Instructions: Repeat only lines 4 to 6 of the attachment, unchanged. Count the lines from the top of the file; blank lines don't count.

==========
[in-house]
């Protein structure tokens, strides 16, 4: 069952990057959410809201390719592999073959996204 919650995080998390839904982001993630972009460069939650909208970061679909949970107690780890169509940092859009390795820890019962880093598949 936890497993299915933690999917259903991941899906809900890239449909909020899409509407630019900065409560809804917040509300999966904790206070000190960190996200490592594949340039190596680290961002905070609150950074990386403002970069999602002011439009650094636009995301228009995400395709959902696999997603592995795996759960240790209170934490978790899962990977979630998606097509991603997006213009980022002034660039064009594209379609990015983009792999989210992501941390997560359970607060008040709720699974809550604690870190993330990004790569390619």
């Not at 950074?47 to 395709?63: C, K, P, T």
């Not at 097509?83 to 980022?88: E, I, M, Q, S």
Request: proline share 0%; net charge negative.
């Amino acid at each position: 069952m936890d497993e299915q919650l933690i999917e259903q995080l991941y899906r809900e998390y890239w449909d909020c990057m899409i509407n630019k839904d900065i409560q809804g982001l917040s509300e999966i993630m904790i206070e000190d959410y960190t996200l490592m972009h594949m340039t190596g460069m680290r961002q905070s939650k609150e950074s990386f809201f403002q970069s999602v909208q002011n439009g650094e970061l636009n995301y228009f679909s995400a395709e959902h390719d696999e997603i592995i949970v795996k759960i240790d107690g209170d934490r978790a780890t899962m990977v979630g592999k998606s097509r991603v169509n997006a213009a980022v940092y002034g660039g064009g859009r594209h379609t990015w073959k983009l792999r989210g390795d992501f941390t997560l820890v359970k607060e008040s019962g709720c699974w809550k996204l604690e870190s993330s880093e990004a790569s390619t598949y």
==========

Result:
């Not at 097509?83 to 980022?88: E, I, M, Q, S």
Request: proline share 0%; net charge negative.
């Amino acid at each position: 069952m936890d497993e299915q919650l933690i999917e259903q995080l991941y899906r809900e998390y890239w449909d909020c990057m899409i509407n630019k839904d900065i409560q809804g982001l917040s509300e999966i993630m904790i206070e000190d959410y960190t996200l490592m972009h594949m340039t190596g460069m680290r961002q905070s939650k609150e950074s990386f809201f403002q970069s999602v909208q002011n439009g650094e970061l636009n995301y228009f679909s995400a395709e959902h390719d696999e997603i592995i949970v795996k759960i240790d107690g209170d934490r978790a780890t899962m990977v979630g592999k998606s097509r991603v169509n997006a213009a980022v940092y002034g660039g064009g859009r594209h379609t990015w073959k983009l792999r989210g390795d992501f941390t997560l820890v359970k607060e008040s019962g709720c699974w809550k996204l604690e870190s993330s880093e990004a790569s390619t598949y």